In Anurag Kashyap's edgy Gulaal, a college election takes on epic importance. Hanging in balance is not just the lakhs that can be siphoned off from the college festival fund but how the winner would impact the separatist movement for Rajputana.
Pitting the volatile Ransa (Abhimanyu Singh in a short but brilliant role) against the steely Kiran (Ayesha Mohan), the entire build-up and conduct of the election is played at hurtling pace. The campaigning, the brutal - and abrupt - murder of a candidate, fishing out of a replacement and finally, the subtle rigging to swing the results. All these are paced breathtakingly and filmed in a jagged, realistic style.
Equally jagged are the edges of Omkara - where no election is actually shown but the undercurrent of power-broking politicians, their muscle-men, the boisterous celebrations, the sharp sloganeering are all represent the colours of UP elections like very few films in recent times.
To go back a few decades, Aandhi still remains an iconic film depicting Indian elections in a partly realistic, partly air-brushed glory. With the strand of white in her black hair, Suchitra Sen will always be the on-screen Indira Gandhi despite hectic clarifications that the character was based on Orissa Chief Minister, Nandini Satpathy.
An initially Bohemian daughter of an established and overbearing politician fell in love and married a hotelier. Unable to take the pressure of her father's political ambitions and being a wife, she walked out of the marriage and the town. She came back several years later to fight an election and rekindled her love for the estranged husband. All hell broke loose as her rivals started to dig up skeletons and scandals around this 'affair'.
People tend to remember this film, only for the absolutely stupendous soundtrack but the entire electoral process is reasonably well-sketched - including a satirical song on politicians returning to constituencies every five years. What a pity it was the weakest song of the album!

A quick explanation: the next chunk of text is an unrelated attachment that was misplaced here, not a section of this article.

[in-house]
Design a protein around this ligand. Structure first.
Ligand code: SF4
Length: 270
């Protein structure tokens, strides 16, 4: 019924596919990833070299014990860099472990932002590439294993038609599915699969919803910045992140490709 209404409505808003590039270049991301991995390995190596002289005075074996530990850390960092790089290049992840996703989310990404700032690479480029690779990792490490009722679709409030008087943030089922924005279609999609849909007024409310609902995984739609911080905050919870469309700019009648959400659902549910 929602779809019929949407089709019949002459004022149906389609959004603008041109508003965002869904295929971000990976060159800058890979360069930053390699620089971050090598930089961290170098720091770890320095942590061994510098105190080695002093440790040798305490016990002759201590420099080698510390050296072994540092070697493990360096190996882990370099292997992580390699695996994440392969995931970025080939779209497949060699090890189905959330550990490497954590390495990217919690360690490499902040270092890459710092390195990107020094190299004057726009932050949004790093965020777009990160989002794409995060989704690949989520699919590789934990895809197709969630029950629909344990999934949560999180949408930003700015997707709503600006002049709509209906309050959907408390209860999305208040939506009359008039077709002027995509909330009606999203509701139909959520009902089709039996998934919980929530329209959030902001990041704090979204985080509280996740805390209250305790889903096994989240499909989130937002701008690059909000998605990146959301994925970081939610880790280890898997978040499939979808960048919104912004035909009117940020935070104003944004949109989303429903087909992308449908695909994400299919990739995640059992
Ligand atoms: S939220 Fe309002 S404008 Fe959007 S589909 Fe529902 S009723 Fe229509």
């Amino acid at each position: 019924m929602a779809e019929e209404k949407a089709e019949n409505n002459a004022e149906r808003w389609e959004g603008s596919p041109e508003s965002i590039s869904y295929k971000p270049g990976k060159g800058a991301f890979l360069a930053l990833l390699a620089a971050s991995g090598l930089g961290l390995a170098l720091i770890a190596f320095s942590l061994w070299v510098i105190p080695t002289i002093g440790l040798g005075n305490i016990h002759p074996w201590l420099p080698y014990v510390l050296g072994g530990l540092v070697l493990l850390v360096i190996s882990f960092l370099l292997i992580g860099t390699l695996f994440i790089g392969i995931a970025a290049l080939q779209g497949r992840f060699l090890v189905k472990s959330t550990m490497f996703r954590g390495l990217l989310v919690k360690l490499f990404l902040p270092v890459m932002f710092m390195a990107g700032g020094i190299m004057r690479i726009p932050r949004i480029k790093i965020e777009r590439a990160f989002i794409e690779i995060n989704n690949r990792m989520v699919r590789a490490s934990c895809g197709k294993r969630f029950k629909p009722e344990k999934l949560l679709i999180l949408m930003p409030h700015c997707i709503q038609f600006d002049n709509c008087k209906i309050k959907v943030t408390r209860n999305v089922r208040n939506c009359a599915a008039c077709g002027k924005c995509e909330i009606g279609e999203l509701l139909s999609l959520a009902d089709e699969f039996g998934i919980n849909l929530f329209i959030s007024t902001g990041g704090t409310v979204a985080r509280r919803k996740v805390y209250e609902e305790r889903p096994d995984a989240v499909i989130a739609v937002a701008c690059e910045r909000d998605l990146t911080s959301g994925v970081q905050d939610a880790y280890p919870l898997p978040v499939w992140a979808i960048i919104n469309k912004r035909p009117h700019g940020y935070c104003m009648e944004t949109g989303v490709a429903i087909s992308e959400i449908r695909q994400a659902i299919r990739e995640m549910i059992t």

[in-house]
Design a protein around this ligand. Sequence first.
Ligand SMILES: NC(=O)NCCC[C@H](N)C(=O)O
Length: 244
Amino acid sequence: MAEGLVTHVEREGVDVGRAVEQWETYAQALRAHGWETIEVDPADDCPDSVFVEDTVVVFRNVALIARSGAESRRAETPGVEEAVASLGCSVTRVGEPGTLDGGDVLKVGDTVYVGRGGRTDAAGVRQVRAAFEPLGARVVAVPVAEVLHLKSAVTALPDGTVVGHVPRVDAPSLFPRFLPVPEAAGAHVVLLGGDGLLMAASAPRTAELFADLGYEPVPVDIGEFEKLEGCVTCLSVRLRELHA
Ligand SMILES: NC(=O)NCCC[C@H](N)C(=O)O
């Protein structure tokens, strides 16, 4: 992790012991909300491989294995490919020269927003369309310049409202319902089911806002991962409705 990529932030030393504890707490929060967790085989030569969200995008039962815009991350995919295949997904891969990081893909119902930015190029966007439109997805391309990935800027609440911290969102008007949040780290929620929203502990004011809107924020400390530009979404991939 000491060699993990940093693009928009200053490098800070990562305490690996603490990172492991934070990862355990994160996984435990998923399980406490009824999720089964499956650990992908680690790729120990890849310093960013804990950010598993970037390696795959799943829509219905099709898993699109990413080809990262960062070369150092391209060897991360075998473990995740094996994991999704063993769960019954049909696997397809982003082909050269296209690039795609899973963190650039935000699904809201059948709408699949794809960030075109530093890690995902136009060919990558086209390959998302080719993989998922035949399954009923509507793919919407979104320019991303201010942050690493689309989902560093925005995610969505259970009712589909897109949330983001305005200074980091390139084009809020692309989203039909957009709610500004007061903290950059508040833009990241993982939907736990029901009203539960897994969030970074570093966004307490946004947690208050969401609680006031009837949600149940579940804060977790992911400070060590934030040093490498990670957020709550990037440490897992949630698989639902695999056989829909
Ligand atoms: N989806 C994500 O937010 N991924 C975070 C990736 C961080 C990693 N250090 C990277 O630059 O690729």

It may have been the elections for only a village cooperative, but Shyam Benegal infused it with the emotion that normally gets associated with elections in India. Manthan saw the upper-caste Sarpanch (Kulbhushan Kharbanda) getting pitted against lower-caste Naseeruddin Shah in an election to manage their milk cooperative. Such an unequal battle was catalysed by the modern-thinking Dr Rao (Girish Karnad, playing Dr Verghese Kurien's role) and given the social churning that was brought about, the Sarpanch lost this first election he contested (having won the previous ones uncontested).
I remember a beautiful scene after the results are declared where boisterous celebrations break out among the lower castes after the results are announced and Kulbhushan Kharbanda corners Girish Karnad in an ante-room. He pleads Karnad to go back and say that it was the Sarpanch who had won, immediately after which he would resign the post. He could do without the post, he said, but not live with the ignominy of losing to an Untouchable.
In recent times, one of the most politically charged films has been Yuva. Set in the volatile politics of Bengal, the only jarring note is one Bengali politician (Om Puri as Prosenjit Bhattacharya) speaking in a comic Bengali accent while the heroic activist (Ajay Devgan as Michael Mukherjee) and his cohorts spoke in perfect Hindi.
But the Bengal countryside, the rural elections, the strong-arm tactics of the ruling party and the idealism of college theories are brought about vividly. After a maze of depressing violence and machinations by the villains, when the three young men walked into the West Bengal assembly to become three spots of blue denim in a sea of white dhoti-kurta, one did feel a frisson of happiness at the obviously unrealistic situation.
When I first saw the film, I wondered why was it so obviously set in Calcutta? Then I realised, where else?
Two of the most satisfying election films - for me, at least - are Coolie and Inquilaab. Needless to say, they were also the most unrealistic. But then, if you want realism, you might as well go and watch Bigg Boss. Also, the elections were only a small part of the overall package of the two films in true tradition of all Amitabh films of the early-80s (where everything, except Amitabh himself, was a small part of the overall package).